64 Parishes

Poplar Grove Plantation

The Poplar Grove Plantation house was originally built for the 1884 World's Industrial and Cotton Centennial Exposition in New Orleans before being transported on a barge to Port Allen.

Poplar Grove Plantation

Courtesy of Wikimedia Commons

Poplar Grove Plantation. Lbuck8182

The colorful and elaborately ornamented house at Poplar Grove plantation, located north of Port Allen in West Baton Rouge Parish, originated as the Banker’s Pavilion for the World’s Industrial and Cotton Centennial Exposition of 1884, held in New Orleans. It was designed by the noted New Orleans architect Thomas Sully. A reviewer for the New Orleans Daily Picayune deemed the pavilion “one of the handsomest structures on the Exhibition Grounds.” In 1886 sugar planter Joseph L. Harris purchased the pavilion and had it transported by barge up the Mississippi River to his plantation.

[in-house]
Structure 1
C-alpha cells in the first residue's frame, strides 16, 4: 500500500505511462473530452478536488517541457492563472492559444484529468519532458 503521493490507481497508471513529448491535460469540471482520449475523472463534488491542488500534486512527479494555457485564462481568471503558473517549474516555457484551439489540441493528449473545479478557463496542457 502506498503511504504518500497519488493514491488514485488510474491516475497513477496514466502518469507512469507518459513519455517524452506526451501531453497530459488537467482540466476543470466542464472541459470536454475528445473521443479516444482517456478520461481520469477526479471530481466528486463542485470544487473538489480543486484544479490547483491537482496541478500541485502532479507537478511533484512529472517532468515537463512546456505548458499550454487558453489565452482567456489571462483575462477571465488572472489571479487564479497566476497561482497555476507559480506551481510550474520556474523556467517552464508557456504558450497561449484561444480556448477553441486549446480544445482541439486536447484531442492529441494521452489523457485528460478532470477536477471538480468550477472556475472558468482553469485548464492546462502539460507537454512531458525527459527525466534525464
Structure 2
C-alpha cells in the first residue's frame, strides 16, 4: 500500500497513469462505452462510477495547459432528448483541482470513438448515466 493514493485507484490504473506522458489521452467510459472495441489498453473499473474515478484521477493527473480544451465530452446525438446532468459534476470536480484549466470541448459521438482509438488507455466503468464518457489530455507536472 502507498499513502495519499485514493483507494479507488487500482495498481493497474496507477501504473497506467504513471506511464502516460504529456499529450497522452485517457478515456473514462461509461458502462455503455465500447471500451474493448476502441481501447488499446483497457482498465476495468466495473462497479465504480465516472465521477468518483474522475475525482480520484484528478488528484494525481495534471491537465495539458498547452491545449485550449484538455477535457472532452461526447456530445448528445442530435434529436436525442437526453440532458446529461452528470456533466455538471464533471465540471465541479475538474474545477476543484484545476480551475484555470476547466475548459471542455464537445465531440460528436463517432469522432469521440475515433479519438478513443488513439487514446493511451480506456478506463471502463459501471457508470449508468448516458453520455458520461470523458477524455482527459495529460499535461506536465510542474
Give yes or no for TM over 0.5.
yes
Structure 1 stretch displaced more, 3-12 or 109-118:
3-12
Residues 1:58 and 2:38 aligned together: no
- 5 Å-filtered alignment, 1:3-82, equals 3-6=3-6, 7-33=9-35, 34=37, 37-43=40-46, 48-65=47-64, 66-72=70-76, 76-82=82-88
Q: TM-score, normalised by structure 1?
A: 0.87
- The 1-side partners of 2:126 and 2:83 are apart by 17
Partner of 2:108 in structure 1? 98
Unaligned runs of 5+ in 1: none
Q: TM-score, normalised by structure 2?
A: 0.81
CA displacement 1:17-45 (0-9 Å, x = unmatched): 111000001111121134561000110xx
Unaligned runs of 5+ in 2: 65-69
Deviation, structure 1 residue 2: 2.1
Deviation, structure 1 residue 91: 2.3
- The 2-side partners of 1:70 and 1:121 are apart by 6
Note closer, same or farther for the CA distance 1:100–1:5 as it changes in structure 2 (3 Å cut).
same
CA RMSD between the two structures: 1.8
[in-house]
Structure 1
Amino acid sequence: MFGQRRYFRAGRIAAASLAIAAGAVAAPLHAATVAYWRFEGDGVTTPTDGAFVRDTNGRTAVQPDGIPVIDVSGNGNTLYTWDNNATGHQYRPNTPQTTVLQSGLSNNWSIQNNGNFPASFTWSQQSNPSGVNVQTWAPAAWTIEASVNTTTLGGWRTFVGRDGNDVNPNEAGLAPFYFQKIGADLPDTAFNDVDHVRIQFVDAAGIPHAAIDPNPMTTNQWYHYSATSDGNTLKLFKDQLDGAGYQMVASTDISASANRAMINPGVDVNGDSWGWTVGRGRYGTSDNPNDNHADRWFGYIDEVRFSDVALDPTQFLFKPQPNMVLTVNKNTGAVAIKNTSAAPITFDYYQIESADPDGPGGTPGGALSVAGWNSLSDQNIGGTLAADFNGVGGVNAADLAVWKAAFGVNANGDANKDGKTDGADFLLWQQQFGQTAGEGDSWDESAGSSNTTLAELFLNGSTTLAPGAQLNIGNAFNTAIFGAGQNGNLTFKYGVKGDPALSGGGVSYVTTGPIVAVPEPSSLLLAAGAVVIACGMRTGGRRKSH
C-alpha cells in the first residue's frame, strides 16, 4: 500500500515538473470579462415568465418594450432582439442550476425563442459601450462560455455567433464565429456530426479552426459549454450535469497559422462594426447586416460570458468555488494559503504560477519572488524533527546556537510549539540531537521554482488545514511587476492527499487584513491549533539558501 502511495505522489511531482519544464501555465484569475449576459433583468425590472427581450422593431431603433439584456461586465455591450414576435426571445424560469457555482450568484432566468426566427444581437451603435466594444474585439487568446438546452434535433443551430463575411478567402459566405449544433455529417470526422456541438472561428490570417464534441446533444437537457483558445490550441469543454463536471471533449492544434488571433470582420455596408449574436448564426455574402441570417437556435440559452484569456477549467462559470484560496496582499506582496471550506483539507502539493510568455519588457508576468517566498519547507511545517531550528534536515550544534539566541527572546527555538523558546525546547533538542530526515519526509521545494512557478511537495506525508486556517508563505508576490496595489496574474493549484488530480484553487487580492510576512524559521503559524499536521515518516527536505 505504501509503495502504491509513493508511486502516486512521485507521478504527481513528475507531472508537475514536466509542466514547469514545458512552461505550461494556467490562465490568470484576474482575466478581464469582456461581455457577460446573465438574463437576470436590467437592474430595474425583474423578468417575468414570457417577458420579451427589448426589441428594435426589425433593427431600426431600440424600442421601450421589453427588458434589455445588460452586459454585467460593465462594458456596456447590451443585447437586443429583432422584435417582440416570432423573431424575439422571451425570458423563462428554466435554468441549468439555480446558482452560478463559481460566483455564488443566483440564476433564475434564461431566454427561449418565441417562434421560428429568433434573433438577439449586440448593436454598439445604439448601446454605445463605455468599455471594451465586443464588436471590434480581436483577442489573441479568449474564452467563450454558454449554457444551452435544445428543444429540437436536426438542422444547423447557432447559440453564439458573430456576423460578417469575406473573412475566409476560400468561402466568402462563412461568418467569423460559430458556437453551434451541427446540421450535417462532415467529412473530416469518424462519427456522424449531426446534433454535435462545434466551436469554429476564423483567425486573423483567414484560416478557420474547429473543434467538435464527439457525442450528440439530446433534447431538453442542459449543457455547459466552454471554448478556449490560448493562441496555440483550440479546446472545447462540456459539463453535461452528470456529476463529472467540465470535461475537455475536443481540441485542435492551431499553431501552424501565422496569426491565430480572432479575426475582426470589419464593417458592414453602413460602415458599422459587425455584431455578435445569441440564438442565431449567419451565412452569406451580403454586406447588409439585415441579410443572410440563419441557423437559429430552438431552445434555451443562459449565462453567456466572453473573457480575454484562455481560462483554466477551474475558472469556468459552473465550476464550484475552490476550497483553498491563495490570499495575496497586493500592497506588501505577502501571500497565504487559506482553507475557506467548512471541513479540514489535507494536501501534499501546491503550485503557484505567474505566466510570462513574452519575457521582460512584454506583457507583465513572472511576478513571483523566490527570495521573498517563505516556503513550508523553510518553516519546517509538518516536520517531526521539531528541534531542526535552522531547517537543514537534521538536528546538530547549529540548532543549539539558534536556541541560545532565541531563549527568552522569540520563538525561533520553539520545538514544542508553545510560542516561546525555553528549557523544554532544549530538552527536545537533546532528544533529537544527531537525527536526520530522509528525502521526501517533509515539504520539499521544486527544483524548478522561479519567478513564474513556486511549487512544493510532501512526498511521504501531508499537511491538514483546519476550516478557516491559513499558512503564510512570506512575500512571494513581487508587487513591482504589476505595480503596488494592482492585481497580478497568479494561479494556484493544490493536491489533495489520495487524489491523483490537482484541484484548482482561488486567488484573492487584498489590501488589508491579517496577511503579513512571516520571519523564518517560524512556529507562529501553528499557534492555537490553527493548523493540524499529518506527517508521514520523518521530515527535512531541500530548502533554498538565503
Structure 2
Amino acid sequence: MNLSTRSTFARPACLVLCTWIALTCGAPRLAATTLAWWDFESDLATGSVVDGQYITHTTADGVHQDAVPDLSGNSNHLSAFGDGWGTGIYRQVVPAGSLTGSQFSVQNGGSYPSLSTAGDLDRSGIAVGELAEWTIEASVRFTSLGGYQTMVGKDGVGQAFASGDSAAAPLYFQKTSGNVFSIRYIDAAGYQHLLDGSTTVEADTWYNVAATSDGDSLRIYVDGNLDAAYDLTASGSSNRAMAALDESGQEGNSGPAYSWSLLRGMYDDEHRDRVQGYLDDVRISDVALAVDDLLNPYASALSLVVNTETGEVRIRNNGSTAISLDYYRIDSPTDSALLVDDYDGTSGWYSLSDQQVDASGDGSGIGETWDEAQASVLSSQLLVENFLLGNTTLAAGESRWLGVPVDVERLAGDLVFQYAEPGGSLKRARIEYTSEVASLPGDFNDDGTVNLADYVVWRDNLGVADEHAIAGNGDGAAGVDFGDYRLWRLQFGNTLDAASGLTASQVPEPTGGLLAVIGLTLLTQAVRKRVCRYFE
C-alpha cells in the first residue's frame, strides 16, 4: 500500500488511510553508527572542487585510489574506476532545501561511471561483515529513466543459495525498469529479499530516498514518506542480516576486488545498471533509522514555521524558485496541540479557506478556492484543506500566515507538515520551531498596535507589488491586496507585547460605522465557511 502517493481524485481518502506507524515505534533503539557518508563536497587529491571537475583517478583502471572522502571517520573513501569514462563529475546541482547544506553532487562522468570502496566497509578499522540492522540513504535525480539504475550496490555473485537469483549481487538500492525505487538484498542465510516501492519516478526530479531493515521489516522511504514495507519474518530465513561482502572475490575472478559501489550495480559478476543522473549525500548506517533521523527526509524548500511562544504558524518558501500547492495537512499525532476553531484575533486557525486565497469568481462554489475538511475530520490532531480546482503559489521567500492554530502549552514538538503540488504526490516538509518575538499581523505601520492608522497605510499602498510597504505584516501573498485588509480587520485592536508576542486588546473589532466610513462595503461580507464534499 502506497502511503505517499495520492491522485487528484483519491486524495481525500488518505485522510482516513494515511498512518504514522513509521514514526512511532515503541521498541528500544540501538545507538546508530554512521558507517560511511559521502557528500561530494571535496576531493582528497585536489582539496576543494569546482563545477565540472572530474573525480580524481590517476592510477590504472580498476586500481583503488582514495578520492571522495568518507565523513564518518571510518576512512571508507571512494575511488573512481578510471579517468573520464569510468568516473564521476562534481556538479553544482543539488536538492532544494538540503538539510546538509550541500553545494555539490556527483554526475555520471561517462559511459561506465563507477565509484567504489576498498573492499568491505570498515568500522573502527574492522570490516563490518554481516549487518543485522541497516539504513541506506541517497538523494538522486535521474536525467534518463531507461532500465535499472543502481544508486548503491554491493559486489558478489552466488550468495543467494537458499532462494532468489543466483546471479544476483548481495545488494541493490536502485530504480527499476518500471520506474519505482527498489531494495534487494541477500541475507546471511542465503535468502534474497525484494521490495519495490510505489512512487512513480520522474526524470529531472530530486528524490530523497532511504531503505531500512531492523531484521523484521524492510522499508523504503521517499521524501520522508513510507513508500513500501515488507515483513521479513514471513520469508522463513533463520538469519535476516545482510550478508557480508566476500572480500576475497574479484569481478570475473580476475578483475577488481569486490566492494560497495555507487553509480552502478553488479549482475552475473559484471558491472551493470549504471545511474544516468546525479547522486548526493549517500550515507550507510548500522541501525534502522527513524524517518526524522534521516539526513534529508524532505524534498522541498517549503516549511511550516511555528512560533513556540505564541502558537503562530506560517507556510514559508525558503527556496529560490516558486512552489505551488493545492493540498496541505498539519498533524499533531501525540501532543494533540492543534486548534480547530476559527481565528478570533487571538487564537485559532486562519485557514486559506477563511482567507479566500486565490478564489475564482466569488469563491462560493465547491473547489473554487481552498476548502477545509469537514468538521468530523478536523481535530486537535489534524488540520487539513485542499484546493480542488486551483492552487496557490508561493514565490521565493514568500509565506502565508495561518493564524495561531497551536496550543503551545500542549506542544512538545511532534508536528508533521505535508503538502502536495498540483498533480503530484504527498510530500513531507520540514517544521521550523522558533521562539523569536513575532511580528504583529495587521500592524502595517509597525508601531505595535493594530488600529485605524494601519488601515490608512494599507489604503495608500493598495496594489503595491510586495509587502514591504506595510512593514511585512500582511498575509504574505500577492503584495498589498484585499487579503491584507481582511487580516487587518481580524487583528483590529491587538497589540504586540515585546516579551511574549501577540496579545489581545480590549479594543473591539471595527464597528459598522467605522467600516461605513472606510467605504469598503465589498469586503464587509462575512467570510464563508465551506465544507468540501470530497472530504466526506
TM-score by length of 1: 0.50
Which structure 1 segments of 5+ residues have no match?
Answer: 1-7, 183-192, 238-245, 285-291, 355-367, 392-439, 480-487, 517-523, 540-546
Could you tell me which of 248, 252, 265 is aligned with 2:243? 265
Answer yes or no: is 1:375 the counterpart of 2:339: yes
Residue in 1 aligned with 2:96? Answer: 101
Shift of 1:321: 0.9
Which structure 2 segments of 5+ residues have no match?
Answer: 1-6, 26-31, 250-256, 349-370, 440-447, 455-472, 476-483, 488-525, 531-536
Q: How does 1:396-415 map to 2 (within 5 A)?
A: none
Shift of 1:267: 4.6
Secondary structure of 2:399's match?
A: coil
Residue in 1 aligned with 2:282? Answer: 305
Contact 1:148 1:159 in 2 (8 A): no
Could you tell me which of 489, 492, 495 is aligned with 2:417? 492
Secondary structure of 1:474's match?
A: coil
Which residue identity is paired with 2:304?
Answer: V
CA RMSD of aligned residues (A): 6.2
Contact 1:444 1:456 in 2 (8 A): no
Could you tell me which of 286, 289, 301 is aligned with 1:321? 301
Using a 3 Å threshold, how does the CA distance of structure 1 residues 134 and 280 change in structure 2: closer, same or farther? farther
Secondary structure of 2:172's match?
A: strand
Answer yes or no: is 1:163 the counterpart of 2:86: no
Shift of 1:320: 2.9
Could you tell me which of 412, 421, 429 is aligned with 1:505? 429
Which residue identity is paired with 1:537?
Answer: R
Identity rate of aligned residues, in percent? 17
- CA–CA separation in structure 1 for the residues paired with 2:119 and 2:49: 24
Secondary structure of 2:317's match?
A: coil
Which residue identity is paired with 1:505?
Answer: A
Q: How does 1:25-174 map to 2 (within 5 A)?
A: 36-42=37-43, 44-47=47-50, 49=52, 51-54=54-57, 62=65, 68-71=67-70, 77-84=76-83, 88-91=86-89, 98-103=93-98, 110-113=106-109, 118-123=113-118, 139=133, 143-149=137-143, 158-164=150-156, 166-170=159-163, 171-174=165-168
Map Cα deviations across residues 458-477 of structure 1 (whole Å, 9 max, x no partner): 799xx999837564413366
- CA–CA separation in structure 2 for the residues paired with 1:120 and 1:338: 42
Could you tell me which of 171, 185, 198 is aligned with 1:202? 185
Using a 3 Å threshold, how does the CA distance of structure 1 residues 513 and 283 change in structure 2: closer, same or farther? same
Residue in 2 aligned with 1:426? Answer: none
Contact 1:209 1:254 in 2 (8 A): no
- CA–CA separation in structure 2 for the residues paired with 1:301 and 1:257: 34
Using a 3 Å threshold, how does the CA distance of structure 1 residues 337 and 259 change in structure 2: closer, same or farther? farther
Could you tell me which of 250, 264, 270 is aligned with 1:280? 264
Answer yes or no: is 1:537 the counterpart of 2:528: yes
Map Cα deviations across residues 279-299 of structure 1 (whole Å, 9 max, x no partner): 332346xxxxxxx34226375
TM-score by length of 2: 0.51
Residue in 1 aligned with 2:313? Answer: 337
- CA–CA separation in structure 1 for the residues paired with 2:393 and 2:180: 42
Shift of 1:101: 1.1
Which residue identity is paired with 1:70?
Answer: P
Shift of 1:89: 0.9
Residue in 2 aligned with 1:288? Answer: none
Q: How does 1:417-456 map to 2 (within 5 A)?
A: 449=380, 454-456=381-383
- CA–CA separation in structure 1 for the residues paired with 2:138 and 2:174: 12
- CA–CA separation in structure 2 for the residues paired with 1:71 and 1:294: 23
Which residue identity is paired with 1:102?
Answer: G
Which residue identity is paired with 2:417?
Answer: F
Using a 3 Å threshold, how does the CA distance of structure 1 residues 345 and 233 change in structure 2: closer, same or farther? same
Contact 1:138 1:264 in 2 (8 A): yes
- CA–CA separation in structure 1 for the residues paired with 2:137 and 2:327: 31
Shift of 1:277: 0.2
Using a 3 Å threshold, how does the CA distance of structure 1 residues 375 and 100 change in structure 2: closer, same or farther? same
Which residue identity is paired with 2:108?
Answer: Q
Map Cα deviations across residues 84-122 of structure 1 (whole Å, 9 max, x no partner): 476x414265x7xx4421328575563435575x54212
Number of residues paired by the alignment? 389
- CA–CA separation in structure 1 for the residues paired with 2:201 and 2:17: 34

Fortunately, the river was unusually high that year, making the task of moving the building over the levee much easier. The house was then converted into a home for Harris’s plantation manager, Horace Wilkinson, and his wife, Julia. The Wilkinsons purchased the property in 1903, and their descendants still occupy the house.

The interior was given a central hall with two rooms on each side, four fireplaces were installed, and a rear wing was added. Sully adorned the front and side galleries with fashionable machine-made wood trim that included gallery brackets shaped as Chinese dragons, grilles of Eastlake spindles, and an elaborate modillion cornice skirting a hipped roof that rises above the gallery roof. A cupola and spire were removed before the building was taken upriver. Upper window sashes have stained glass in checkered patterns. During an early twentieth-century remodeling, a rear cottage built in the 1850s was extended and joined to the house.

A levee setback of the mid-1920s brought the river much closer to the house, and the plantation’s grove of poplar trees was removed. A short distance downriver on the west side of the road are a few disintegrating slave cabins, a mere handful of the approximately fifty that still housed tenants in the mid-1960s. The Wilkinson family continued to operate the plantation’s sugar business until 1982; some of the land is still used for sugar cultivation. Poplar Grove is open for tours by appointment.